Date: October 29th , 2010.
Place: CTBE Auditorium, Campinas, Brazil.


Presentation: Brazil is currently responsible for about 33% of the bioethanol produced worldwide. Sugarcane bagasse contains one-third of the energy in this plant, and is the source of all of the energy needed in the ethanol mills. The other two thirds are split between sucrose and the tops and leaves. If sugarcane trashes were collected and used for bioethanol production, this could generate an additional 3,700 – 4,000 l/ha bioethanol, thus reducing the land use requirement by a total of 33-38%. The development of new and efficient technologies for hydrolysis of sugarcane bagasse could improve considerably the energetic balance and create the basis for a second generation of ethanol.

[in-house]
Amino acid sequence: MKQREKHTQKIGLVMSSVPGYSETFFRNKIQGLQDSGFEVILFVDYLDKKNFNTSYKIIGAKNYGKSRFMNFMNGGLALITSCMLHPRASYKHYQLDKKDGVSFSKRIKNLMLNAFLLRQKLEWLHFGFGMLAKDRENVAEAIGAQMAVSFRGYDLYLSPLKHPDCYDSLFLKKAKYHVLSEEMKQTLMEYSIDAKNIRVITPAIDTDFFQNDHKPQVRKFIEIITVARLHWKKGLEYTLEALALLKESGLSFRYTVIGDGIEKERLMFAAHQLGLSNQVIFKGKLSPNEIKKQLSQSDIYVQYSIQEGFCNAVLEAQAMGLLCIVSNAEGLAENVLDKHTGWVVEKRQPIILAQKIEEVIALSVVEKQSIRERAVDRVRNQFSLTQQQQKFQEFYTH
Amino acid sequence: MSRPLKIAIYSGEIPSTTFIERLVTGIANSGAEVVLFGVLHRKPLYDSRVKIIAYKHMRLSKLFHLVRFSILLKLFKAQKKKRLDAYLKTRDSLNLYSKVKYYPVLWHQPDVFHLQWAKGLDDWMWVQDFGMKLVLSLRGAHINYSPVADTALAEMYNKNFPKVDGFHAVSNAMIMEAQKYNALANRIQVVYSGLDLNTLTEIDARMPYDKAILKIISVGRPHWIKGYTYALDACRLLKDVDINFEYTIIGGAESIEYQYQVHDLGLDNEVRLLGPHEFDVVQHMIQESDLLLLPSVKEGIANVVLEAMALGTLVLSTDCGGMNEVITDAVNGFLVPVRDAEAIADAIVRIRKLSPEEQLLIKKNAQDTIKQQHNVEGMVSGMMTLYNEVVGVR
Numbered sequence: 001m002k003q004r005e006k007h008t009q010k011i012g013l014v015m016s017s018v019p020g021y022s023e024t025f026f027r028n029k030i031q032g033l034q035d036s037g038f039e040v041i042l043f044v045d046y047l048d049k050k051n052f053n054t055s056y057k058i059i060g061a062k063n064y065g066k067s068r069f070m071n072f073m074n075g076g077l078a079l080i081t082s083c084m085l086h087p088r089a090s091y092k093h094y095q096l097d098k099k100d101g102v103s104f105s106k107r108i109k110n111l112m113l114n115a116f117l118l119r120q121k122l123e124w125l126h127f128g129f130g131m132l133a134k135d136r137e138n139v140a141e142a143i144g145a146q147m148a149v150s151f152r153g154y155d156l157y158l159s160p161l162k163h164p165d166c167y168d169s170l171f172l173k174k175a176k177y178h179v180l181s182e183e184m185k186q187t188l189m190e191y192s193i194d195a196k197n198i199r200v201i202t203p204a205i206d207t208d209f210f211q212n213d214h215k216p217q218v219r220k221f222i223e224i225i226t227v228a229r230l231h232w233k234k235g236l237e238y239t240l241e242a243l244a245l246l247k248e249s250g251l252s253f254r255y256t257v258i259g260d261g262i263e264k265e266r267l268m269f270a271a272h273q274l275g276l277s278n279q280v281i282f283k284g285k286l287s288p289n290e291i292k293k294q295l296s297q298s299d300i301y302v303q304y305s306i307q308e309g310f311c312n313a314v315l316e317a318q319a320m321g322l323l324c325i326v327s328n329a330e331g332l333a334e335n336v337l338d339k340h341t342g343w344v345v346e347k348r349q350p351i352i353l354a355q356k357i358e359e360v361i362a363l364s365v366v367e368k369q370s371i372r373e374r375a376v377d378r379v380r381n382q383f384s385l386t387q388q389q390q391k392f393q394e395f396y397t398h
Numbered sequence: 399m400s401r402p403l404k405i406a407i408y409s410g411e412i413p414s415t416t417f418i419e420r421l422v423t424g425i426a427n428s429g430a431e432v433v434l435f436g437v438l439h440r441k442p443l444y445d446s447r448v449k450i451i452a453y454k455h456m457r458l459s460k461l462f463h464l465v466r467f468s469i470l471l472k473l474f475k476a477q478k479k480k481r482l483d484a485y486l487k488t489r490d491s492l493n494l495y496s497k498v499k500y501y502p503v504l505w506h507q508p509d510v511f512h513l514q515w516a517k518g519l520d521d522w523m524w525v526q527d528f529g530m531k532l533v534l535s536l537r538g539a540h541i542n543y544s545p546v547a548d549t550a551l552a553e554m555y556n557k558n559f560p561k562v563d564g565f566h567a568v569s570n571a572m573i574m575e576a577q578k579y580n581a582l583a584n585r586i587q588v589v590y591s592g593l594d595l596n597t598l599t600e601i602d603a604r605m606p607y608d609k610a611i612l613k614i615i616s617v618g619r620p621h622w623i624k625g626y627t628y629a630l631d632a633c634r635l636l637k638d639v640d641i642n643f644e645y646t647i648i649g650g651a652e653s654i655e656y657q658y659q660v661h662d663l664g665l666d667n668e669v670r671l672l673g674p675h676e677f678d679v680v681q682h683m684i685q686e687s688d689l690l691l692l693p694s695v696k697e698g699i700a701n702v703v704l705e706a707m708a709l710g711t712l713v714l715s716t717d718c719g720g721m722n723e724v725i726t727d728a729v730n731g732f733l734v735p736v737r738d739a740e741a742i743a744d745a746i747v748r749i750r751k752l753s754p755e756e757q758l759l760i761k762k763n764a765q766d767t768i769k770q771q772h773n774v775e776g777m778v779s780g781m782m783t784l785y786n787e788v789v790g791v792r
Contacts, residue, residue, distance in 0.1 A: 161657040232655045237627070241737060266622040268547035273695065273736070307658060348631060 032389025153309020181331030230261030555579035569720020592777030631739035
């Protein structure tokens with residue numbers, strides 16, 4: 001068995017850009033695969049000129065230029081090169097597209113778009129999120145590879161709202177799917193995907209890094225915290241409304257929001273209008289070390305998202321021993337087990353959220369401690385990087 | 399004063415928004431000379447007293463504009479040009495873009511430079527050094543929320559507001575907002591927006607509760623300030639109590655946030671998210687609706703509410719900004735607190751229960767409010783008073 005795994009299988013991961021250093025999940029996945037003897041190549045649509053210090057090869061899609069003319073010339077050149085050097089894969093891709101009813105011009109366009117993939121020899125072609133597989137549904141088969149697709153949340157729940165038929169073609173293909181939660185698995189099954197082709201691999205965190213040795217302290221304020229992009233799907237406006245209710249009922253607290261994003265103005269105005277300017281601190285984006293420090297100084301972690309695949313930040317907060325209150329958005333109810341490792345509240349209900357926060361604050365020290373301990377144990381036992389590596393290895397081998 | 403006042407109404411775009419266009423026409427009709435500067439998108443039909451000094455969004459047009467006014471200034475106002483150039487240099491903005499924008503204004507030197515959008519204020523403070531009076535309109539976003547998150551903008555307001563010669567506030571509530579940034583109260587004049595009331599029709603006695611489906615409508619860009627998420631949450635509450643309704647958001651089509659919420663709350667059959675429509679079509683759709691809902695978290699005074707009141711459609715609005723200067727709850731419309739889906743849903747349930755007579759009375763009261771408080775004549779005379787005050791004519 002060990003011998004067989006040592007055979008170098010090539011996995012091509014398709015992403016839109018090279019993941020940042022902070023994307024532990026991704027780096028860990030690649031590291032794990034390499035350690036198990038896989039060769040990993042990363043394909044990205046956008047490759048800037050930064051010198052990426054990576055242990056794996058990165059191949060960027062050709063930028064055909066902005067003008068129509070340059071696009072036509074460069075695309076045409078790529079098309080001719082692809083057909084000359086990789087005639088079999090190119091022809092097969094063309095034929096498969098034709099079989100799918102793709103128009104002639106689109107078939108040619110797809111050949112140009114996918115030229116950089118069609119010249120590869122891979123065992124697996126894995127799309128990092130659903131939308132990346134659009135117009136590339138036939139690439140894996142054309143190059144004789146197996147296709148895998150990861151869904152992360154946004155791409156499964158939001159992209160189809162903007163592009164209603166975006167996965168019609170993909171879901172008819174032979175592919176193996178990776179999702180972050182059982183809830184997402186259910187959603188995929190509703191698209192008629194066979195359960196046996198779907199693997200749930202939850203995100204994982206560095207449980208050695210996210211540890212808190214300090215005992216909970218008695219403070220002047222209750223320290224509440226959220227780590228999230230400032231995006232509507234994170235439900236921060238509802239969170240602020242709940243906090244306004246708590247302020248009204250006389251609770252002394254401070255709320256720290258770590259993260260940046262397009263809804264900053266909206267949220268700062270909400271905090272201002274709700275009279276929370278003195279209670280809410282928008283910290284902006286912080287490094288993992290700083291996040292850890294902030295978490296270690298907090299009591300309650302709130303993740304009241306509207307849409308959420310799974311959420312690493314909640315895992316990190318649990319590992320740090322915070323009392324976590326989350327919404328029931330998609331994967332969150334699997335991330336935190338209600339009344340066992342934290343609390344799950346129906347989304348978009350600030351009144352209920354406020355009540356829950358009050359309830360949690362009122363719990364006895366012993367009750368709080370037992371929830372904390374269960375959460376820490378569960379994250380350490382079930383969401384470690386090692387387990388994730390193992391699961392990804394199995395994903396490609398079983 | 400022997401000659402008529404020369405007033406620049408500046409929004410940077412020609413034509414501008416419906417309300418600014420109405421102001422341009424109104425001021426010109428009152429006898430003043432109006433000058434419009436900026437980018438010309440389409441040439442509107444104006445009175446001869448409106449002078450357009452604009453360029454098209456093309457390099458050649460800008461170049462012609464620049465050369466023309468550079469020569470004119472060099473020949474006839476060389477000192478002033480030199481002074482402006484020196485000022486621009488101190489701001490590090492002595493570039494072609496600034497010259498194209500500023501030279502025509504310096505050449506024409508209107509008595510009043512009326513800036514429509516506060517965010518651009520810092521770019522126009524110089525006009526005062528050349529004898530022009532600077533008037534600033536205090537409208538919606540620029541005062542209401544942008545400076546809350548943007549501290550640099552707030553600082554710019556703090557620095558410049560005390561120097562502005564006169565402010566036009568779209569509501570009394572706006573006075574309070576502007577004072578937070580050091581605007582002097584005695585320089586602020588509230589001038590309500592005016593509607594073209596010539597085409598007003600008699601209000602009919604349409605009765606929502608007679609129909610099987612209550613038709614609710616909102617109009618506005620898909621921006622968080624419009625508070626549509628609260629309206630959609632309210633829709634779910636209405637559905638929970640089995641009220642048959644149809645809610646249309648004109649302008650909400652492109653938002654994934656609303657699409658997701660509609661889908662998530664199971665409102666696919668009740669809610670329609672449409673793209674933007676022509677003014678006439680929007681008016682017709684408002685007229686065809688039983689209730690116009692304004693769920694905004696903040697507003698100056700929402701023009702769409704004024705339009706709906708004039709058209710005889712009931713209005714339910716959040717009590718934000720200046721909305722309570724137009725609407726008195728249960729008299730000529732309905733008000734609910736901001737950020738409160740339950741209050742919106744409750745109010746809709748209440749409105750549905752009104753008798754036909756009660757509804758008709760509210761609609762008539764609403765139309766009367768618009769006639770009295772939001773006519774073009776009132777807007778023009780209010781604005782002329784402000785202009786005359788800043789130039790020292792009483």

In this context, the “Workshop on Second Generation Bioethanol: enzymatic hydrolysis by fungi” will be to promote this research area in Brazil. In addition, will strength partnerships between the scientific community and the Brazilian Bioethanol Science and Technology Laboratory (CTBE). The focus in this meeting will be genetic biochemistry, and molecular biology of the production of enzymes involved in the degradation of lignocelluloses by filamentous fungi.


Financial Support: CTBE/CNPEM and FAPESP